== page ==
Ireland Must Focus on Economic Recovery After Deficit Cut, Economists Say
Ireland’s government must now focus on reviving economic growth after announcing a 15 billion-euro ($21 billion) plan to cut its deficit by 2014, economists said.
The planned spending cuts and tax increases are twice as much as the government previously said it would put in place to narrow the budget gap to the European Union limit of 3 percent of gross domestic product in four years.
“It will be a tall order for Ireland to meet the 2014 deadline given the fragility of both the domestic and global economy,” Alan McQuaid, chief economist at Bloxham Stockbrokers in Dublin, said in a note to investors. “Ireland will have to generate economic growth if the target is to be met.”
Investor concern that Ireland won’t be able to lower the deficit due to the mounting burden of bank bailouts has pushed up the nation’s borrowing costs. Finance Minister Brian Lenihan will next month announce details of the budget plan, which he said will include a “significant frontloading” for 2011.
“With the scale of consolidation now known, the department’s strategy for returning the economy to growth” could “now be described as more important than the consolidation measures,” said Dermot O’Leary, chief economist at Goodbody Stockbrokers in Dublin.
Ireland’s budget shortfall will reach about 32 percent of GDP this year, due to a one-time spike from bank-bailout costs, the government said last month. Excluding that, the deficit will be about 12 percent.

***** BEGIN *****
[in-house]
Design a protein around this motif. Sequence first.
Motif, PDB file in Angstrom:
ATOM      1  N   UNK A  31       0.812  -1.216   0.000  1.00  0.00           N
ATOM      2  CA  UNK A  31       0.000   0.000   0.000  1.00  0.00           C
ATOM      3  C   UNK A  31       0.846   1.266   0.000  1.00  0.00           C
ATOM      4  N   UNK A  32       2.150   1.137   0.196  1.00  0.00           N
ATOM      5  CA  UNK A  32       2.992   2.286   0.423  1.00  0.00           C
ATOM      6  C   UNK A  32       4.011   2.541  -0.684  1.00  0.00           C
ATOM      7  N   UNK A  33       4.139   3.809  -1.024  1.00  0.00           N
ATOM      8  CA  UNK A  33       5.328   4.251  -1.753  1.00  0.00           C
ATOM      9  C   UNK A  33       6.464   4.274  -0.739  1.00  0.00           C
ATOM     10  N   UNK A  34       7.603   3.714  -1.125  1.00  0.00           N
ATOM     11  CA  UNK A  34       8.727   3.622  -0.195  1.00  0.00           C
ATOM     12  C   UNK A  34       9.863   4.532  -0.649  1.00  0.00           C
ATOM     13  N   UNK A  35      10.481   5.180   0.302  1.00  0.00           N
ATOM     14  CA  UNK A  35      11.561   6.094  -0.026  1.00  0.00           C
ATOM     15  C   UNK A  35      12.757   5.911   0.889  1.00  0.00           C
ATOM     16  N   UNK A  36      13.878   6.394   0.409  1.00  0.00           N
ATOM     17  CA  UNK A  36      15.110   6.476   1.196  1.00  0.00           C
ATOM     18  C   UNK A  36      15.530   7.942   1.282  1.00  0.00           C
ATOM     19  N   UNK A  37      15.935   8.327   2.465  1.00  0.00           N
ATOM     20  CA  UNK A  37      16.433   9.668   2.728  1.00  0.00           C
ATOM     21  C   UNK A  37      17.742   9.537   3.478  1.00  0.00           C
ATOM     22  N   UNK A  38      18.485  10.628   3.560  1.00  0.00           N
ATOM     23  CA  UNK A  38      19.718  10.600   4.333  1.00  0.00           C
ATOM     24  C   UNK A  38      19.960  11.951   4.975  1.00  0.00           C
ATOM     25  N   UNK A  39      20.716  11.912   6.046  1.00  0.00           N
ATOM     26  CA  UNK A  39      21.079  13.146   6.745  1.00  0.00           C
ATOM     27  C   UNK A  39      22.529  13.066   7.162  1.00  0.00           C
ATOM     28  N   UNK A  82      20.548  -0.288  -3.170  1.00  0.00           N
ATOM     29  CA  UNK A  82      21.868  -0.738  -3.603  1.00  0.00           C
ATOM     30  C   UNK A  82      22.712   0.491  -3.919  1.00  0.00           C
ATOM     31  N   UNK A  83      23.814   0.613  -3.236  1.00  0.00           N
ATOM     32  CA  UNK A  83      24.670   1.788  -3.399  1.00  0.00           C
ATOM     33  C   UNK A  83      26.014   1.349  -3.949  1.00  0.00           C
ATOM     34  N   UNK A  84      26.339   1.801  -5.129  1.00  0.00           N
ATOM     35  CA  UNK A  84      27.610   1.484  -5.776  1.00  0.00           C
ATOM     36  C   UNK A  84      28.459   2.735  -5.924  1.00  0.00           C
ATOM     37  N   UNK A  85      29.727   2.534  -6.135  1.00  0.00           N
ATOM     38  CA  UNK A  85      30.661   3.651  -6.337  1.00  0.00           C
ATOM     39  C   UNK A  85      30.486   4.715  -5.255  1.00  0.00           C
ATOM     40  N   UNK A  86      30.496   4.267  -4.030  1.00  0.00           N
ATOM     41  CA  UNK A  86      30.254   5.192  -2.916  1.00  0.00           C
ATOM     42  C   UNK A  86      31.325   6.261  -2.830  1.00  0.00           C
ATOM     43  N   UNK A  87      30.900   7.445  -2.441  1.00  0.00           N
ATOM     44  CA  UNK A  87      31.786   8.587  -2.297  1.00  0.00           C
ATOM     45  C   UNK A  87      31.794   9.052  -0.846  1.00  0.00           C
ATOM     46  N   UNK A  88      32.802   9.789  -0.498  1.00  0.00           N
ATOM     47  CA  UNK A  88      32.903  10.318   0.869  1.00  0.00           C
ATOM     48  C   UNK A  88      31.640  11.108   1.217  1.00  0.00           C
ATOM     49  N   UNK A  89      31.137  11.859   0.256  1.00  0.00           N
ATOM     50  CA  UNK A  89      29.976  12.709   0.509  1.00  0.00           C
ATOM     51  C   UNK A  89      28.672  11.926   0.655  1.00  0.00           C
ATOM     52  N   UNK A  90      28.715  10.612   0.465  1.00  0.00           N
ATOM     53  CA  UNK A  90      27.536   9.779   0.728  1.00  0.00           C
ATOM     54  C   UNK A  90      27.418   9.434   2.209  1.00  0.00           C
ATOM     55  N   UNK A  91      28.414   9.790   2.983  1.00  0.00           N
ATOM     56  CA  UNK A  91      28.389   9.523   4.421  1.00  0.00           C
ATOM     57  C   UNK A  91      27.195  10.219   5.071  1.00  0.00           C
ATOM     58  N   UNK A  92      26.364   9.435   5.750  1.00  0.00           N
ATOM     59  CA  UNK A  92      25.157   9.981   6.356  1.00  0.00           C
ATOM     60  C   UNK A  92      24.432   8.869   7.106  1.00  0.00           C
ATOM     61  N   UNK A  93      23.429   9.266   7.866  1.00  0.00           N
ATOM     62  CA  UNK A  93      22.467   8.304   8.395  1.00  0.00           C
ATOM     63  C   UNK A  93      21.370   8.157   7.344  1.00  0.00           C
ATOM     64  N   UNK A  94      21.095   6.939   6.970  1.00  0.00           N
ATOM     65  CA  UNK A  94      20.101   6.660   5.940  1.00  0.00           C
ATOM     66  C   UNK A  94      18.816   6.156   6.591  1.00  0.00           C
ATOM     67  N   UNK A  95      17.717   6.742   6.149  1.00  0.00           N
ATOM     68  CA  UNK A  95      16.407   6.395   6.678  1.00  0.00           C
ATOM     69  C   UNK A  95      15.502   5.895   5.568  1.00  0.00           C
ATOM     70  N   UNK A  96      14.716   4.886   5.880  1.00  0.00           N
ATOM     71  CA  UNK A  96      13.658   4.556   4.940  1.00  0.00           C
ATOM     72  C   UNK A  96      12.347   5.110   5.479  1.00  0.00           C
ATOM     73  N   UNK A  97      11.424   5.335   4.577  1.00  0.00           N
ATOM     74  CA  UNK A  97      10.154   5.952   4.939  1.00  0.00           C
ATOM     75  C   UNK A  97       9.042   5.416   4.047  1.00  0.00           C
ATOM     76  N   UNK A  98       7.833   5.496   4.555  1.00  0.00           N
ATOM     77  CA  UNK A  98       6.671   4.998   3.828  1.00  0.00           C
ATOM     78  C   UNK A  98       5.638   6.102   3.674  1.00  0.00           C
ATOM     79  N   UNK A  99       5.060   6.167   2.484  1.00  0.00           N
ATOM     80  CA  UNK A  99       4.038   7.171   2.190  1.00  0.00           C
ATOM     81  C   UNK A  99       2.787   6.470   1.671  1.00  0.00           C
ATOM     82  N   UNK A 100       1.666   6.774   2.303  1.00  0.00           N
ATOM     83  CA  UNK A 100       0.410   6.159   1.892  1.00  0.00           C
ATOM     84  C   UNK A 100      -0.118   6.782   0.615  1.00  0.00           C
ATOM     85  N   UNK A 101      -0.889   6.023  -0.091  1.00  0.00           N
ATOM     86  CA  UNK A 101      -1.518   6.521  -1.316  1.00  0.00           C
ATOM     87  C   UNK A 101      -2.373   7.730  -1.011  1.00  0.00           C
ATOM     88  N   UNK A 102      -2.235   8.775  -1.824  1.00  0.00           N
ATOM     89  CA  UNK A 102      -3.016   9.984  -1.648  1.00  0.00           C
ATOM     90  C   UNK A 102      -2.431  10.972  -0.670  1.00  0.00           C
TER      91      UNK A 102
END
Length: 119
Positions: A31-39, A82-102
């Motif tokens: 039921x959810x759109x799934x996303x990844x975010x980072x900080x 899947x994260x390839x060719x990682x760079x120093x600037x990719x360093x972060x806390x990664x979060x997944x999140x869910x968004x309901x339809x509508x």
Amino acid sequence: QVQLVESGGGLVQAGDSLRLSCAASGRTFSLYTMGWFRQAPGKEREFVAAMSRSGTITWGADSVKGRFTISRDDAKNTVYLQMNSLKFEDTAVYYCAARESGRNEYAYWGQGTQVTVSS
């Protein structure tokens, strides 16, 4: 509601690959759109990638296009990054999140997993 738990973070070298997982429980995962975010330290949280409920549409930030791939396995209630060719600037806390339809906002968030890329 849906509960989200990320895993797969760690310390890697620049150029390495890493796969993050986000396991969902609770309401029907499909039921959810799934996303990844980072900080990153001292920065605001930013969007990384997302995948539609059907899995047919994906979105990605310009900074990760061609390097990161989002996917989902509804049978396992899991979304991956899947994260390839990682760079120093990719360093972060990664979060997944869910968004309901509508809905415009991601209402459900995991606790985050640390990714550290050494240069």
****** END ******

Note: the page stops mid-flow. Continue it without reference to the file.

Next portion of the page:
The spread between Irish and German 10-year debt widened to 454 basis points on Sept. 29. It was at 391 basis points today, still the second highest in the euro area after Greece. The yield on the Irish bonds was at 6.36 percent.
Ireland’s first step must be a “credible” program that will convince investors, said McQuaid, adding this may allow the government to extend the 2014 deadline at a later date if needed. Aidan Corcoran at Dublin-based Davy said that given the need to “convince markets,” a “disproportionate chunk” of the 15 billion euros may be needed in 2011.
“A menu of options must be laid out,” said O’Leary. “While the European Commission is putting pressure on Ireland to achieve the 3 percent target by 2014, it is the markets that will be the arbiter of whether the series of measures is enough.”
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